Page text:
29 90 HYBRID SAFETY AND SERVICE PROCEDURES Automotive Technology, Fifth Edition James Halderman © 2011 Pearson Education, Inc. All Rights Reserved HV GLOVE USE 1 The cuff of the rubber glove should extend at least 1/2 inch beyond the cuff of the leather protector.

30 90 HYBRID SAFETY AND SERVICE PROCEDURES Automotive Technology, Fifth Edition James Halderman © 2011 Pearson Education, Inc. All Rights Reserved HV GLOVE USE 2 To determine correct glove size, use a soft tape to measure around the palm of the hand. A measurement of 9 inches would correspond with a glove size of 9.

31 90 HYBRID SAFETY AND SERVICE PROCEDURES Automotive Technology, Fifth Edition James Halderman © 2011 Pearson Education, Inc. All Rights Reserved HV GLOVE USE 3 The glove rating and the date of the last test should be stamped on the glove cuff.

32 90 HYBRID SAFETY AND SERVICE PROCEDURES Automotive Technology, Fifth Edition James Halderman © 2011 Pearson Education, Inc. All Rights Reserved HV GLOVE USE 4 Start with a visual inspection of the glove fingertips, making sure that no cuts or other damage is present.

33 90 HYBRID SAFETY AND SERVICE PROCEDURES Automotive Technology, Fifth Edition James Halderman © 2011 Pearson Education, Inc. All Rights Reserved HV GLOVE USE 5 The damage on this glove was easily detected with a simple visual inspection. Note that the rubber glove material can be damaged by petroleum products, detergents, certain hand soaps, and talcum powder.

34 90 HYBRID SAFETY AND SERVICE PROCEDURES Automotive Technology, Fifth Edition James Halderman © 2011 Pearson Education, Inc. All Rights Reserved HV GLOVE USE 6 Manually inflate the glove to inspect for pinhole leaks. Starting at the cuff, roll up the glove and trap air at the finger end. Listen and watch carefully for deflation of the glove. If a leak is detected, the glove must be discarded.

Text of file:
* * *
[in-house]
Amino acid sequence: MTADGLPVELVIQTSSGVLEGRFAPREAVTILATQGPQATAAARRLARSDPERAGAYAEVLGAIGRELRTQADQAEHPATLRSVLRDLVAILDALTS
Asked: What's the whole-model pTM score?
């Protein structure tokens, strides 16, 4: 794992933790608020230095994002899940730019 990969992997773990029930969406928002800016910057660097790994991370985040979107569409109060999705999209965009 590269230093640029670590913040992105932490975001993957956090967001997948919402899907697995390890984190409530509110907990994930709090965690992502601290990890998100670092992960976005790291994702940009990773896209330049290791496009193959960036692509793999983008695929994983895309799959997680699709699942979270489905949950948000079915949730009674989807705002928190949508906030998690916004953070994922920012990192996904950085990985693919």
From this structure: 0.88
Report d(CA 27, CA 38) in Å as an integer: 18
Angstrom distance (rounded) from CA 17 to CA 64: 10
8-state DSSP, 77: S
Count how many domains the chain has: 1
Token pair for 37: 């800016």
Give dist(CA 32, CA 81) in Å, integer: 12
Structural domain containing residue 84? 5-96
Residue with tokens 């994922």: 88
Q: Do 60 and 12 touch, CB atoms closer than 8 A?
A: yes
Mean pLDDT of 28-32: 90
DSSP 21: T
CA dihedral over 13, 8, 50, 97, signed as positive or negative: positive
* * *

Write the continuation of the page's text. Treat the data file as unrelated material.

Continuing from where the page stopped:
35 90 HYBRID SAFETY AND SERVICE PROCEDURES Automotive Technology, Fifth Edition James Halderman © 2011 Pearson Education, Inc. All Rights Reserved HV GLOVE USE 7 Petroleum on the leather protector’s surfaces will damage the rubber glove underneath.

36 90 HYBRID SAFETY AND SERVICE PROCEDURES Automotive Technology, Fifth Edition James Halderman © 2011 Pearson Education, Inc. All Rights Reserved HV GLOVE USE 8 Glove powder (glove dust) should be used to absorb moisture and reduce friction.

37 90 HYBRID SAFETY AND SERVICE PROCEDURES Automotive Technology, Fifth Edition James Halderman © 2011 Pearson Education, Inc. All Rights Reserved HV GLOVE USE 9 Put on the gloves and tighten the straps on the back of the leather protectors.

38 90 HYBRID SAFETY AND SERVICE PROCEDURES Automotive Technology, Fifth Edition James Halderman © 2011 Pearson Education, Inc. All Rights Reserved HV GLOVE USE 10 Technicians MUST wear HV gloves and leather protectors whenever working around the high-voltage areas of a hybrid electric vehicle.

39 90 HYBRID SAFETY AND SERVICE PROCEDURES Automotive Technology, Fifth Edition James Halderman © 2011 Pearson Education, Inc. All Rights Reserved HV GLOVE USE 11 HV gloves and leather protectors should be placed in a canvas storage bag when not in use. Note the ventilation hole at the bottom of this bag.

40 90 HYBRID SAFETY AND SERVICE PROCEDURES Automotive Technology, Fifth Edition James Halderman © 2011 Pearson Education, Inc. All Rights Reserved HV GLOVE USE 12 Make sure that the rubber gloves are not folded when placed in the canvas bag. Folding increases mechanical stress on the rubber and can lead to premature failure of the glove material.